New Legal Funding Option For Plaintiffs in Personal Injury Cases

Rachel Mathews, Executive Director - The Bairs Foundation

Rachel Mathews, Executive Director - The Bairs Foundation

Just imagine what it would be like if you or someone close to you suffers a catastrophic personal injury. Tragic accidents do not discriminate - they can happen to anyone. You’ve been blindsided, and your world may be upside down right now. You’ve filed a lawsuit, but it could be months, sometimes even years, before you see any justice.

On top of everything else you are dealing with, you have to find a way to continue providing for yourself and your family during this time. Bills must be paid, rent or mortgage covered, transportation provided, and food put on the table. While you’re awaiting litigation, it is not uncommon to have no source of income and no affordable healthcare. So you do what any family would do: you exhaust your savings, and pull together everything you have. Eventually though, it isn’t enough.

The non-recourse lending industry can very well be considered the Wild West of consumer finance.

The non-recourse lending industry can very well be considered the Wild West of consumer finance.

In these circumstances, one of the only industries an individual can look to for support is the litigation finance industry, i.e. the 'non-recourse lending industry,' which can very well be considered the Wild West of consumer finance. Unlike most types of lending, non-recourse loans are not regulated by the federal government, and few states have put into place any guidelines to protect consumers. Without regulations, companies in this industry are running rampant, charging extravagant interest rates on these “lawsuit loans” and turning a huge profit for themselves. 

Most of these companies operate like the worst of the worst in “payday” loans, charging usurious interest rates, taking advantage of these individuals stuck between a rock and a hard place. They are able to do so because non-recourse funding is not technically considered a loan. It is an advance on an individual’s future settlement, meaning if a plaintiff does not win his or her case, they do not have to pay the advance back.

The Bairs Foundation seeks to bring fairness to an industry that has historically taken advantage of individuals and families who are struggling to make ends meet while they pursue justice.

The Bairs Foundation seeks to bring fairness to an industry that has historically taken advantage of individuals and families who are struggling to make ends meet while they pursue justice.

If they do win, by the time a plaintiff finally reaches a settlement, the amount they owe back to these lenders has grown so quickly and vastly that it greatly cuts into the funds that were intended to compensate this individual and their family for years to come.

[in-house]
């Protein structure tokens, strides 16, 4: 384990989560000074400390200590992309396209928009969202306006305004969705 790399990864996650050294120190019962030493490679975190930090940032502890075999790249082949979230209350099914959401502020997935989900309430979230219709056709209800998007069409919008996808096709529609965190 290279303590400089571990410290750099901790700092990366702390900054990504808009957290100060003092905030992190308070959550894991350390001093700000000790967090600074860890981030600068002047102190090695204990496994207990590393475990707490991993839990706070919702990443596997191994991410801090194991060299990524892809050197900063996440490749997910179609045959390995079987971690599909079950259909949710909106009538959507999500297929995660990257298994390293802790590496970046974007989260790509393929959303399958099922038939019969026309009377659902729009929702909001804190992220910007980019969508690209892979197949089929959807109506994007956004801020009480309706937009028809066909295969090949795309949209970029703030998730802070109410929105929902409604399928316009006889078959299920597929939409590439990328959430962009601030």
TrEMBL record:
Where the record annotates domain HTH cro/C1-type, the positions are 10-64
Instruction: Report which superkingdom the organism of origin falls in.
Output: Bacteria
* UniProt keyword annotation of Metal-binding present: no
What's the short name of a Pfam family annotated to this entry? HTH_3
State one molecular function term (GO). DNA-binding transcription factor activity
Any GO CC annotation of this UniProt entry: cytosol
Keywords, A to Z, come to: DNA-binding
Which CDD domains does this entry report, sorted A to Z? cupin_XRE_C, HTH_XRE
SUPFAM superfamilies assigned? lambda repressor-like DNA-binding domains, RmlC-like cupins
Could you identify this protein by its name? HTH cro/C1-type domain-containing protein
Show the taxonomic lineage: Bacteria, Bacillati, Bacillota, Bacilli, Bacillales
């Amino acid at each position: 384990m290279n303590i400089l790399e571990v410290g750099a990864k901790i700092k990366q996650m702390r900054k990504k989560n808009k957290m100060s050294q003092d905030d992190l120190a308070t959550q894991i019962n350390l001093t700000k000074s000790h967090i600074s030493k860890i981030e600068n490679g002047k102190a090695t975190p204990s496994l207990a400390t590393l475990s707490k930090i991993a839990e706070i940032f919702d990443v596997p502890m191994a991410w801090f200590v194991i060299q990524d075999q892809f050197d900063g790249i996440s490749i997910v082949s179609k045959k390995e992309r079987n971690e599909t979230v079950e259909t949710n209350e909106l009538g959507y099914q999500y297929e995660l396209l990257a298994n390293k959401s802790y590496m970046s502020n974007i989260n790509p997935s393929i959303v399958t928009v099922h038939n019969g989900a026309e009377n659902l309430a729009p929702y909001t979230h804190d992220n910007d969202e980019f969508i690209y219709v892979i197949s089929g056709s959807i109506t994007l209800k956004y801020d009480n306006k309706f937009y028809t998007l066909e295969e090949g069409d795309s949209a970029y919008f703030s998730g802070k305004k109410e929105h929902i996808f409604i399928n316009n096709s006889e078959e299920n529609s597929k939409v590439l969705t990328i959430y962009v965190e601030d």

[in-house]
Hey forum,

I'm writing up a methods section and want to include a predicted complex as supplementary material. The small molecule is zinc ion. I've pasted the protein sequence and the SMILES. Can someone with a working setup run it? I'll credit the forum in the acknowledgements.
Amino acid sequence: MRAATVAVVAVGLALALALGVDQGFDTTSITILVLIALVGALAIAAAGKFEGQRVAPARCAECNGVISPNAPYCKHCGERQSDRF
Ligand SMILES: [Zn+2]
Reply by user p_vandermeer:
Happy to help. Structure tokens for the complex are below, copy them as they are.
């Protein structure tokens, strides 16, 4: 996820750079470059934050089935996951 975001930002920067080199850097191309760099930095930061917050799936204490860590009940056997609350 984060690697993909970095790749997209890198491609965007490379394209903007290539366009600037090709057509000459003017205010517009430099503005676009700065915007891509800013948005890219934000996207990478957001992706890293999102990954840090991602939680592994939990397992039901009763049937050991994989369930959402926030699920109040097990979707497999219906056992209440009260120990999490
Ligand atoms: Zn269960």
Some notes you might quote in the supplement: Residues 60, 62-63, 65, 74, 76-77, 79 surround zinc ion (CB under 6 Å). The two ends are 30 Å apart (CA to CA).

Well, there’s a new sheriff in town. The Bairs Foundation, the first ever not-for-profit organization in the non-recourse space, is looking to bring fairness to an industry that has historically taken advantage of individuals and families who are struggling to make ends meet while they pursue justice. The Bairs Foundation provides fair access to capital with compassionate interest rates. In contrast to the for-profit companies charging 50-100% in compounding interest, Bairs provides advances at 7% simple interest. Any interest paid back from pre-settlement advances goes back into the foundation, growing the pool of capital that can be used to help more and more families in need.

It can be a grandma who had a hip implant with a defective device, and who is seeking litigation against the manufacturer but has no way to get to and from therapy appointments

It can be a grandma who had a hip implant with a defective device, and who is seeking litigation against the manufacturer but has no way to get to and from therapy appointments

We talk to plaintiffs, listen to their struggles, and work with them to identify the best and most appropriate financial options. We want to make sure they only borrow what they need. It can be a grandma who had a hip implant with a defective device, and who is seeking litigation against the manufacturer but has no way to get to and from therapy appointments. It’s the young veteran who had a car accident due to a faulty product in the vehicle, and whose family needs help paying for around-the-clock care for him. It’s the mother of two who was a victim of medical malpractice, is seriously injured, and needs help keeping the electricity on in her home.

The Bair Foundation aims to change the standard of the litigation funding industry by turning the focus to helping, not harming, plaintiffs. We want to expose the current industry for what it is, and we want to encourage others to raise awareness and follow our lead. The foundation would like to prove that this philanthropic model of plaintiff funding is sustainable, humane, and can be replicated by charitable organizations nationwide, and for generations to come.